From Depositions to Trials: The Trail of a Legal Videographer

After shooting over 1,000 depositions , I look back and reflect on what helped me improve as a legal videographer. Seminars, conferences, technical upgrades and compacting my kit have helped bolster my development and expand my skill set. But the one thing I truly believe made a difference, Trial Presentation. Every videographer knows (or should know) the final deliverable of a deposition can come in a synchronized version. But how many videographers actually know what a sync can do? How many videographers have actually navigated their way through a ‘sync?’ Sure, explaining and understanding the concept of a sync is important, but not as important (in my humble opinion) as seeing it in action. It’s critically important that a videographer understand the full function and limitations of any product they deliver or recommend to a client.

In my view, if a videographer has learned the sync interface and actually played back video clips in trial, it improves their sense of awareness during the original recording of the deposition. Things like microphone and backdrop placement become more important after hearing and seeing some poorly mic’d and framed witnesses played back before a judge and/or jury. Sure, you might be able to hear the deponent when you mic’d them up, but when played back it a large room, the audio might not be as clear as it could have. That one clip could be the turning point to a case and if not properly amplified and heard, it might not resonate with the judge or jury.

I’m not saying videographers can’t be great without going to trial. Anyone that takes pride in his or her work should perform the proper prep to ensure the best quality. But imagine a videographer that has seen the product from beginning to end. They were present for the depo and then present for the playback. They know their product inside and out so that the final deliverable will be flawless. Even if they aren’t the ones who will be showing it at trial, they can relate to the trial tech or consultant that will and would not want to put that person or persons in a difficult position.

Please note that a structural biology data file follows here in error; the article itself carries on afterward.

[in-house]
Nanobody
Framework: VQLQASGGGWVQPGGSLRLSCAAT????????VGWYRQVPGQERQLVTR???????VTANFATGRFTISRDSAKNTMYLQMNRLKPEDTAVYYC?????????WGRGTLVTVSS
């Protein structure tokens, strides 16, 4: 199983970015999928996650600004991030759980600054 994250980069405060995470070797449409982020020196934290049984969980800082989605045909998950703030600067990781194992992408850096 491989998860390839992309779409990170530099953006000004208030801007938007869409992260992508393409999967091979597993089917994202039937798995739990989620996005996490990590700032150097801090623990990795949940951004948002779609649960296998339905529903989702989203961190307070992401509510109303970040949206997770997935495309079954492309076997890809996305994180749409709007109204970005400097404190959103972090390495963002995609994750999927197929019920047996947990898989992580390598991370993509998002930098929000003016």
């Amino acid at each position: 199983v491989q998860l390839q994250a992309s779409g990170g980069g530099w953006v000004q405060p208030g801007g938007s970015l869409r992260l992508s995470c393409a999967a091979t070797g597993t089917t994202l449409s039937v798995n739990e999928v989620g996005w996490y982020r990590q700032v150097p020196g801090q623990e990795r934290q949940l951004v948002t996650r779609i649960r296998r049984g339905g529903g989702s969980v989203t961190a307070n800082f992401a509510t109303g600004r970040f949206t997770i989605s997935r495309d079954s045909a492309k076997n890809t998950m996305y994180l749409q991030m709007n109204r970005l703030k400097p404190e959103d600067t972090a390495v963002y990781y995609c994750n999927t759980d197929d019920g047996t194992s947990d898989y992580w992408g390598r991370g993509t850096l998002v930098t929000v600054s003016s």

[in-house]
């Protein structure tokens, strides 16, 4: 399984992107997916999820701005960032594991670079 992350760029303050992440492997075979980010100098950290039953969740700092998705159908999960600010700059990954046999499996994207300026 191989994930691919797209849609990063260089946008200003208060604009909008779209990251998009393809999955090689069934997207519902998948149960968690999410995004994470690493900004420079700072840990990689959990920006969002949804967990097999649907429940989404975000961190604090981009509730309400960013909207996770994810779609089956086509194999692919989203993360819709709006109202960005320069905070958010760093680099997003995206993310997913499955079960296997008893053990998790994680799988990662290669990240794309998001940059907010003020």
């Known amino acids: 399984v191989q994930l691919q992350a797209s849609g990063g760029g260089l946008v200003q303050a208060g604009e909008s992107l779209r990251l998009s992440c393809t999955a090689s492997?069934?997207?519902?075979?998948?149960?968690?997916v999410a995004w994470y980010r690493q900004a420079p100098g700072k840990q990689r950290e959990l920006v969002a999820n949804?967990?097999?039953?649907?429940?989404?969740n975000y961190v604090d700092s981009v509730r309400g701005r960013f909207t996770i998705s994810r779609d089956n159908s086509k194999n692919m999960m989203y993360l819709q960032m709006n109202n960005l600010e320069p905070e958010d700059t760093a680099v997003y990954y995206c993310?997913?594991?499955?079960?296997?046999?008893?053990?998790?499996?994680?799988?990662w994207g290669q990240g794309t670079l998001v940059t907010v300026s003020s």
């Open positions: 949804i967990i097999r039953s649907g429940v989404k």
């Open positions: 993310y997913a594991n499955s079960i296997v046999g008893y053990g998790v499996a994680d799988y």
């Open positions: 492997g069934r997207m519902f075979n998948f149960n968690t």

A quick story to end on – When I was presenting at trial in St. Louis several years ago, I made clips of a medical experts testimony. The video was from early 2009, when the older BlackBerry phones were still prevalent in depositions. Anyone who remembers them will also remember the annoying buzzing they would create on video when ringing or receiving notifications. In this instance, the buzzing was coming through OVER the answers of the doctor. Of course, as the trial tech I was…scolded (to use a nice term) for letting that happen. Now, though the videographer should have notified counsel that the he was picking up interference, he continued without doing so. Imagine if that videographer knew what could happen at trial if he heard the answers weren’t coming through clearly and how that would affect the video testimony.